Thank you so much for the outpouring of support and well wishes you have given in the comments from yesterday's post. You all are wonderful, and it's a blessing to have such passionate readers!
Some questions naturally arose in the comments, and I thought I'd tackle a few of them here. One important point is that HarperCollins doesn't think of the abridgements as dumbed-down. I do, and that I am strongly opposed to the dumbing-down of children's literature must be obvious from my decision to walk away from a series of books that has been my heart's work for the past decade. Although I came to the decision many months ago, the shock of it still takes my breath away sometimes. I love Martha and Charlotte, really love them. Like daughters. I have written certain scenes between Martha and Lew in my mind a hundred times. I'm sorry that I will not be sharing them with you, more sorry than I can express.
My decision to quit also had serious ramifications for my family. Had I continued with the series, we would still be living in Virginia; Scott would still be a work-at-home freelancer. So quitting was not a decision I made lightly; it had teeth.
And yet, if you read this blog then you know my stance on giving children the highest caliber of literature—not a slimmed-down version of what had been a carefully crafted novel. And so, when it became clear that my publishers were committed to their decision to abridge, I made what I believe to be the right decision—the only decision I could have made. Doing the right thing, I tell my children, is almost never the easy thing.
Certainly, this was a very hard thing to do.
But as I said, while I see the abridgement as dumbing-down, I must say in all fairness that I don't believe my publishers see it that way at all. They see this as an opportunity to bring the books to a younger audience, a way to keep the series in print. The decision was presented to me with excitement and enthusiasm; I really think they were surprised that I was dismayed by it.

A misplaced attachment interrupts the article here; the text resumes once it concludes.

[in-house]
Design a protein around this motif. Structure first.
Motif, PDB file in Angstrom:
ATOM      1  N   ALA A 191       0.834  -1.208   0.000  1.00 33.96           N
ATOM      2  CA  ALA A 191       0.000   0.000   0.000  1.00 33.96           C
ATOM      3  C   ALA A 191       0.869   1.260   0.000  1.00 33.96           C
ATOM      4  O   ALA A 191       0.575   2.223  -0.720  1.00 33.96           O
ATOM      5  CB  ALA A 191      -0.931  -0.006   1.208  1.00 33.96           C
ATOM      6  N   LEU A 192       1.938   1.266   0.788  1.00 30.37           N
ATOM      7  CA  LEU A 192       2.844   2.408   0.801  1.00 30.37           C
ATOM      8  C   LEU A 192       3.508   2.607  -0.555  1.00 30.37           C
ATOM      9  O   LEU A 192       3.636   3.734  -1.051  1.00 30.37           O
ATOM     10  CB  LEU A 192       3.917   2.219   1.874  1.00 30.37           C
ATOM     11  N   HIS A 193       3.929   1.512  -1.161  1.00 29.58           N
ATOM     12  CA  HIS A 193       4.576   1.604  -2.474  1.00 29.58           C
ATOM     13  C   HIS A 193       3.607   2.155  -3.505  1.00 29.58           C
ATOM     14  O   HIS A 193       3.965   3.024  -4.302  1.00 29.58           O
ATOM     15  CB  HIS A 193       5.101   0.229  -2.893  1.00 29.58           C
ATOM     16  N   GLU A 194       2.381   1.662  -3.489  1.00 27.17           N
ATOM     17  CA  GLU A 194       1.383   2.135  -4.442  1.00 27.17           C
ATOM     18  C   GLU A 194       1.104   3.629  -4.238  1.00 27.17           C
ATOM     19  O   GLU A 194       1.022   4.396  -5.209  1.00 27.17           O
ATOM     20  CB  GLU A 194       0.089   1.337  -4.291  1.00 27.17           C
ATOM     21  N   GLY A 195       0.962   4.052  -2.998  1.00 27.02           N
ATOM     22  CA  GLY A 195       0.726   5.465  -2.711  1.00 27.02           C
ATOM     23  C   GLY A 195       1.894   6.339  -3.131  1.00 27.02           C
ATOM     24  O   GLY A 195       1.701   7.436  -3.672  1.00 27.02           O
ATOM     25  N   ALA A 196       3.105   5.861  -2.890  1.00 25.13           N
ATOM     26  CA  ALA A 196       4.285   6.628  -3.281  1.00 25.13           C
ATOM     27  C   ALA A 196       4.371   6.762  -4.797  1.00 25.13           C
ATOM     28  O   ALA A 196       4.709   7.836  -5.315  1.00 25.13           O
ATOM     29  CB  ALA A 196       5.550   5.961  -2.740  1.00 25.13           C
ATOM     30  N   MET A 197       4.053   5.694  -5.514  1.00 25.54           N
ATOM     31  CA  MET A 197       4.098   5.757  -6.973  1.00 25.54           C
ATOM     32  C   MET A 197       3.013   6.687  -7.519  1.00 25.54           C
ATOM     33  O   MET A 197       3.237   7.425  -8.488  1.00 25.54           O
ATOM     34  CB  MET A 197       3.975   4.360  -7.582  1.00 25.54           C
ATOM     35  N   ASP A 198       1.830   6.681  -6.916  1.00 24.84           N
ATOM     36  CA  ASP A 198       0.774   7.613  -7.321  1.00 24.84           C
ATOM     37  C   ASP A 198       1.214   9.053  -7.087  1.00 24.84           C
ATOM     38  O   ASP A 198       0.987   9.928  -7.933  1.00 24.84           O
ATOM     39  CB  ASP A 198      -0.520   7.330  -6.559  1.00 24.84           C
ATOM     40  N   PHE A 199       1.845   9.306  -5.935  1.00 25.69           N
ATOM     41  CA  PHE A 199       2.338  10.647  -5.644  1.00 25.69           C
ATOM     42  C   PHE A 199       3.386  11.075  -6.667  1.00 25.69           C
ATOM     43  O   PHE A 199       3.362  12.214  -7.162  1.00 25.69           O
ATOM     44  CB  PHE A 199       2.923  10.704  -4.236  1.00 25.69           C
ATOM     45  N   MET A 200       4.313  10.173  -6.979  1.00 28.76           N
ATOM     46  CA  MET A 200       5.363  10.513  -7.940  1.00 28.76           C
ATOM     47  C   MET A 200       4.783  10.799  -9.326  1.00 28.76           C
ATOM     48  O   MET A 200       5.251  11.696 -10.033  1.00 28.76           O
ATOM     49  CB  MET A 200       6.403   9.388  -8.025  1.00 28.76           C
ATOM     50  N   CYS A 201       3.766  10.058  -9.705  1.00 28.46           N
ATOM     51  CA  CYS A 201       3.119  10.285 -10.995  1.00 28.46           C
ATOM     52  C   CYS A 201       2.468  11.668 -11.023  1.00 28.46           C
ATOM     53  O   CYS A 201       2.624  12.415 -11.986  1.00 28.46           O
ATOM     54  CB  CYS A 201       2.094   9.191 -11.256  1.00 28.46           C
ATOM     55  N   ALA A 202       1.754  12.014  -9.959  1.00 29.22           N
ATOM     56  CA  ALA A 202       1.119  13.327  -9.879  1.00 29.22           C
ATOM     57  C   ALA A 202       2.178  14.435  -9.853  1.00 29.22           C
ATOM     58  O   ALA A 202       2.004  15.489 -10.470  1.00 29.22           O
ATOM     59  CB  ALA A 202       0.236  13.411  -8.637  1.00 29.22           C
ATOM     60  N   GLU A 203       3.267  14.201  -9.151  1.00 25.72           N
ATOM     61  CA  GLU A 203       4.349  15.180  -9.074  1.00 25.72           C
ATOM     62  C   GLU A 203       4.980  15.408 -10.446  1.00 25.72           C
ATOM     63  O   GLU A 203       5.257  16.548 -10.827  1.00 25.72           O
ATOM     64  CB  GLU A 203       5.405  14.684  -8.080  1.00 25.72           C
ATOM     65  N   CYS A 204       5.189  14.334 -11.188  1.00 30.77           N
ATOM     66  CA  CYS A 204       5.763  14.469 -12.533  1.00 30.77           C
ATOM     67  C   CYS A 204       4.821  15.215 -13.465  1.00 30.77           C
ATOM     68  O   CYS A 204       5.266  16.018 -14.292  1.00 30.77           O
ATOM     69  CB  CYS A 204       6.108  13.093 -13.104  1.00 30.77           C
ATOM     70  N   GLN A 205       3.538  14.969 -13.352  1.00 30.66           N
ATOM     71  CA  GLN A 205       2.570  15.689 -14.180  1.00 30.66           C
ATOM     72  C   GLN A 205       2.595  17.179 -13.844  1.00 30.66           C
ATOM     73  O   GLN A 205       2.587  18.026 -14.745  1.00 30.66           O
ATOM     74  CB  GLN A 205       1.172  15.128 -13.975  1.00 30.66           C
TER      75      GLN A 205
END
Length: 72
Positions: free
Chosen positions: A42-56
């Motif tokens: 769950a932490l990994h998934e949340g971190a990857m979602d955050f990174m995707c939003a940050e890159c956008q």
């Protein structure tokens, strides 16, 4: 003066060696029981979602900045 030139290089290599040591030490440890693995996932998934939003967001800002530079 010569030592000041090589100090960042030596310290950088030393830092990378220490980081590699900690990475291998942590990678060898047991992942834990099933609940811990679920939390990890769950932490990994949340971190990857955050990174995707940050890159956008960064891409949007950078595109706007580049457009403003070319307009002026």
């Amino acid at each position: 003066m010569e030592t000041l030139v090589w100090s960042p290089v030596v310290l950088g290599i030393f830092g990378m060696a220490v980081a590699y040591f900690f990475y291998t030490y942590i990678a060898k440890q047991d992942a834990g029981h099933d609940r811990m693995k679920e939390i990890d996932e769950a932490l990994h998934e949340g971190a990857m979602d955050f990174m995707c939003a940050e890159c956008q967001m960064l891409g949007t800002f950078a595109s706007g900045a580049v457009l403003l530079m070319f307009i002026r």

I bear them no ill will; indeed, I shall be sorry not to be working with my wonderful HarperCollins editor anymore. She is a gem. I simply disagree, quite gravely, with this publishing decision. I do think children deserve the very best books we can give them. The books I wrote, the books that were carefully and lovingly edited by not one, but two top-notch editors (the great Alix Reid, who edited all eight of my novels, not to mention Newbery winner Ella Enchanted, has since left the publishing world for other pursuits), are, I truly believe, literature of high quality. And I don't think they are too hard, or too long, for young readers. I have heard from too many enthusiastic young readers to believe otherwise.
HarperCollins has made a business decision, and I disagree with it on principle, as an author, a reader, and a mother. I think chopping up the books is a mistake. But—and this is very important—publishers respond to trends in the marketplace. They make decisions based upon what sells. If you, as consumers (readers, parents, booklovers), want to influence publishing trends, you must do it (I am sorry to say) with your pocketbooks. The big publishing houses don't read our blogs; they don't know how we feel about literature versus twaddle. They only know what sells.
I see both sides of this coin, because I live on both sides. I'm a homeschooling mom with a modest household income, and frugality is a must. I'm also a writer whose livelihood depends on people spending money on books. Years ago, Scott and I made a conscious decision to strike a balance between these two competing identities: we resolved not to buy used if the book is still in print and the author is still alive. We buy new books in hardcover as often as possible, because that too sends a message to a publisher. And if we read a book at the library and truly love it, we try to buy a copy of it too.
(Now you know why I have cheap furniture and don't dress well. All the discretionary income goes to books.)
So. I'm deeply gratified that you are ordering copies of my unabridged novels while you can still get them. Deeply gratified—yesterday was a goosebumpy day as the comments and emails came pouring in. But if you really want to show your support for the principles on which I stand, go out and buy a new copy of The Penderwicks. In hardcover, if possible!